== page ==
This book has done something few books have done for me before - as soon as I had finished a chapter, I thought, "This was the best, most thought-provoking chapter in the book." Then as soon as I had finished the NEXT chapter, I thought the same thing.
The extent of the authors' research, clear and compelling explanations and real-world examples of the experiences they call "The Illusion of Memory", "The Illusion of Knowledge" and "The Illusion of Cause" has really made me stop and deliberately apply their criteria to many aspects of my life - my memories of events, news stories, urban legends, "expert studies" and the things people say to me, among others. If you're interested in being a student of the truth and having culturally imposed and evolution-based blinders stripped from your eyes, I can't imagine a better point of reference than this.
An interesting way to look at life and question the way we think and why
It makes you think about simple things like remembering something. I considered to buy it as a book, just to be able to get back to some of these ideas.
Don't get me wrong, the book is interesting. It presents a series of interesting ideas on how our minds perceive situations, experiences and our own selves. To do so, it uses a lot and I mean A LOT of examples to illustrate these ideas over and over and over and over again, so I'm betting you'll get the points they're trying to make.
I would suggest learning about these ideas to anyone, it's useful to know them and understand them, though after an over-explained lecture on them I would say the easiest way to simplify the book is to say "Our mind sometimes(often) deceive us".
So, in summary, if you have the time to learn about these ideas it would be an interesting investment for your self-awareness.
Businessman, Technologist, Marketer. Loves to learn and enjoys books. Mostly nonfiction plus historic novels.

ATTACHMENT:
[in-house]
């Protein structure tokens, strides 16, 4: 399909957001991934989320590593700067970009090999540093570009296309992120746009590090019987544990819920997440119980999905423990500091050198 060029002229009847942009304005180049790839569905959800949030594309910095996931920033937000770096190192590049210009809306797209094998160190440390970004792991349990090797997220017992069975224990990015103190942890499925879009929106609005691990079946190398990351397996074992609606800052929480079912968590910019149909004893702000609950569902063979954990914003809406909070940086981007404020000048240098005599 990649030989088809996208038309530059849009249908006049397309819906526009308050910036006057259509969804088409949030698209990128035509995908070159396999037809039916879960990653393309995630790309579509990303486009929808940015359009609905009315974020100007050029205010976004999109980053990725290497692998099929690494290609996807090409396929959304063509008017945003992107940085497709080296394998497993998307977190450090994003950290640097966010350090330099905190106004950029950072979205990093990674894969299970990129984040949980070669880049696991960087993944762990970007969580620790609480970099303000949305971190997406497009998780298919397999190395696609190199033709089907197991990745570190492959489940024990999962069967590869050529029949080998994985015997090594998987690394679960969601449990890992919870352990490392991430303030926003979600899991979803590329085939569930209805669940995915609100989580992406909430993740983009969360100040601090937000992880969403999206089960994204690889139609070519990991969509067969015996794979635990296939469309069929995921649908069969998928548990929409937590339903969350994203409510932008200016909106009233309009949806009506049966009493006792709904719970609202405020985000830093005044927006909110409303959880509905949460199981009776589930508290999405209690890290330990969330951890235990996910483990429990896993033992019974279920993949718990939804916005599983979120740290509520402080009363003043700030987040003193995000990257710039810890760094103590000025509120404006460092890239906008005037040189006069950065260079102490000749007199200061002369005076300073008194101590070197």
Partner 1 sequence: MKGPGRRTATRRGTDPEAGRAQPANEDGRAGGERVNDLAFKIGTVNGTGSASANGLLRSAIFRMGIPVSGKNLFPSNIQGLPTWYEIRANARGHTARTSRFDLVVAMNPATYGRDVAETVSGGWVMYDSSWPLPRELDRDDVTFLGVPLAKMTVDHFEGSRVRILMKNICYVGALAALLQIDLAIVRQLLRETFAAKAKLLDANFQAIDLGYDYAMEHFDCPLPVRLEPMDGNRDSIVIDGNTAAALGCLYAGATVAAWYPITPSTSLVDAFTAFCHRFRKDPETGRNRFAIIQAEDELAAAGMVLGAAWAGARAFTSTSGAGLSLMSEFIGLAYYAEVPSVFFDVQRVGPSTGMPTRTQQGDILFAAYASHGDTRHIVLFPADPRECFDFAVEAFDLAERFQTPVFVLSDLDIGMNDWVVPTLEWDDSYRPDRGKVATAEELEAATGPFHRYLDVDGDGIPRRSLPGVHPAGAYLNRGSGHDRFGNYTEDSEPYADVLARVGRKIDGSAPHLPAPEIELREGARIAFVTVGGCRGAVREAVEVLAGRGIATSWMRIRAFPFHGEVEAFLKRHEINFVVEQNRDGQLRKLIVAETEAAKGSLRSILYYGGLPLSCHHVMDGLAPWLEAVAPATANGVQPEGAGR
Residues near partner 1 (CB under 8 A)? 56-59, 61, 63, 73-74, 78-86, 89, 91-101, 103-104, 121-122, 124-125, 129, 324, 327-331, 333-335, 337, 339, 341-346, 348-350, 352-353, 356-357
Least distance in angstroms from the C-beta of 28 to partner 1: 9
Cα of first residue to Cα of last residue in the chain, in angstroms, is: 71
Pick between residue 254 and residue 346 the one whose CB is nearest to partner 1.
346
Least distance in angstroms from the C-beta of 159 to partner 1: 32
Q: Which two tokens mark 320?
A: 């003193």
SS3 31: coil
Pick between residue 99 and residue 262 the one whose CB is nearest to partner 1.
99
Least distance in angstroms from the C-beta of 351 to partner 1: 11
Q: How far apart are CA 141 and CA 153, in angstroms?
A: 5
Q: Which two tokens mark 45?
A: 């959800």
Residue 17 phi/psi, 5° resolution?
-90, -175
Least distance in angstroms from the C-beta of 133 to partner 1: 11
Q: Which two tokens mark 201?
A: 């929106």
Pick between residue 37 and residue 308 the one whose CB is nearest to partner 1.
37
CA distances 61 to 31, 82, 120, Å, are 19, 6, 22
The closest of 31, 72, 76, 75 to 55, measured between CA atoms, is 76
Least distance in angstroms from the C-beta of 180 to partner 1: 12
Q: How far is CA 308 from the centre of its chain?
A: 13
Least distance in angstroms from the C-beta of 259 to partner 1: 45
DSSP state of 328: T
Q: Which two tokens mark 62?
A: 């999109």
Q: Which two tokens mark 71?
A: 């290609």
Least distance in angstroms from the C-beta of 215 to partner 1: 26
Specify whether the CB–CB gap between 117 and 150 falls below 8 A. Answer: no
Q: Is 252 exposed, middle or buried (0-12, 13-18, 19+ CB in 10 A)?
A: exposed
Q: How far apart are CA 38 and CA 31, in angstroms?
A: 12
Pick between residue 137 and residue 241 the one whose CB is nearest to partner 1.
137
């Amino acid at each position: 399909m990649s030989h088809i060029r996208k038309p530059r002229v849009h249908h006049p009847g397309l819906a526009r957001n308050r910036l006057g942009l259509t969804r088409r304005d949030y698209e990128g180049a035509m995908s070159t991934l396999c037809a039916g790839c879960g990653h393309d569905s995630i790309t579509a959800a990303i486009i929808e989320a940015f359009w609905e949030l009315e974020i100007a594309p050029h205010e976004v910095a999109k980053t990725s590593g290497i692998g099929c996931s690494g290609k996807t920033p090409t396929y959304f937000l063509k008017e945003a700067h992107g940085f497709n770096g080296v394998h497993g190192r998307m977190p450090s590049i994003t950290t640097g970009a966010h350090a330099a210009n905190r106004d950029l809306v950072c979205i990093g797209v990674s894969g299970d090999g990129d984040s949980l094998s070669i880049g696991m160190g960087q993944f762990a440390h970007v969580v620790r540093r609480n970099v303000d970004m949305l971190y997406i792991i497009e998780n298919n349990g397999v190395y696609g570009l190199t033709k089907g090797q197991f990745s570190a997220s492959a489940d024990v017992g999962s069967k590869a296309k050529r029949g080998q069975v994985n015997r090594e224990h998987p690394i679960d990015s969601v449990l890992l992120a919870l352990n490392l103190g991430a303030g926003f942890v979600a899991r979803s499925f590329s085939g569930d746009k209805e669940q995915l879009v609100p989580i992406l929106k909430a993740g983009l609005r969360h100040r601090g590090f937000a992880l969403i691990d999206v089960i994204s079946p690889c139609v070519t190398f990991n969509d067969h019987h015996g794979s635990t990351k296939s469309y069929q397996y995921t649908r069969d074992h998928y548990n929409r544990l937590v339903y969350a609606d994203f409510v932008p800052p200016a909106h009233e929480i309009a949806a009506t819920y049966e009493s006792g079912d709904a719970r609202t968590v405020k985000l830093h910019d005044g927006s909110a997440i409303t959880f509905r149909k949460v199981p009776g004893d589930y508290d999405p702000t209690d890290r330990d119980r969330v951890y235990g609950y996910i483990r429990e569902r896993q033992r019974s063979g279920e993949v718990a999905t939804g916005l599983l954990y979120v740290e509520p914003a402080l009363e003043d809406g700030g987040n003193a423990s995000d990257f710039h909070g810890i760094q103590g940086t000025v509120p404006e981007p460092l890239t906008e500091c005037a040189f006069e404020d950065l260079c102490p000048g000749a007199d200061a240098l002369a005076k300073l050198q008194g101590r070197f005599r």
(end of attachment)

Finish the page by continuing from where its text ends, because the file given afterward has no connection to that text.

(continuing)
This is a very interesting audiobook that explains four key misconceptions in human psychology: for example, the myth of attention, demonstrated by the gorilla experiment.
It is well written and narrated. It is engaging and interesting. But it gets a bit boring to spend so much time of=n four key ideas. Especially because of the limited practical value of these. The author fails to connect the science with practical value.
A good example of an author who has done this is Dan Ariely with Predictably Irrational, and Daniel Pink. Their books are very useful for anyone in marketing or sales. This book is good food for your intellectual curiosity, but not much else.
Important Challenging Interesting
You Are Not So Smart. I heard the author on the You Are Not So Smart podcast.
Authoritative and clear voice.
When I realized that I really cannot focus 100% if I am talking on my cell phone. I am going to change my behavior now. Most books do not inspire actual change like this for me.
Good depth behind the gorilla video, if that's all you know about this work so far.
I'm relatively new to audio books and while I recognize the need to find a clear and neutral sounding voice, to a certain extent it detracts from the whole experience because when you read, you don't read in a monotonous tone and so listening to such a voice just saps any enthusiasm that you have.
Only if they appreciate non-fiction of this kind (Predictably Irrational, Frekenomics, etc)
Full of insightful studies, concepts, and ideas.
“Logic will get you from A to B. Imagination will take you everywhere.” - Albert Einstein
The book is an eye opener to some of the systematic irrationalities and bizarre sides we have in our cognition mechanisms and how do we perceive our abilities. A bit too long though.
Captivating topic, perfect examples & study dives, and excellent delivery – The Invisible Gorilla had my attention on page one and maintained it while Chabris & Simpons challenged my perception on how our minds capture & recall memories.
Right at the onset of an event, it’s remarkable how some artifacts one would assume to be obvious may be completely oblivious & never recorded. How we fill in the blanks (such as assuming a bookshelf was full of books), or don’t capture elements that you wouldn’t expect to be there (such as a giant red gorilla beating it’s chest on a basketball court). The Invisible Gorilla highlights how our minds deceive us, and leaves me with the takeaway to recognize that, as must as we want to believe that our memories are sound, we all have illusions. Recommended.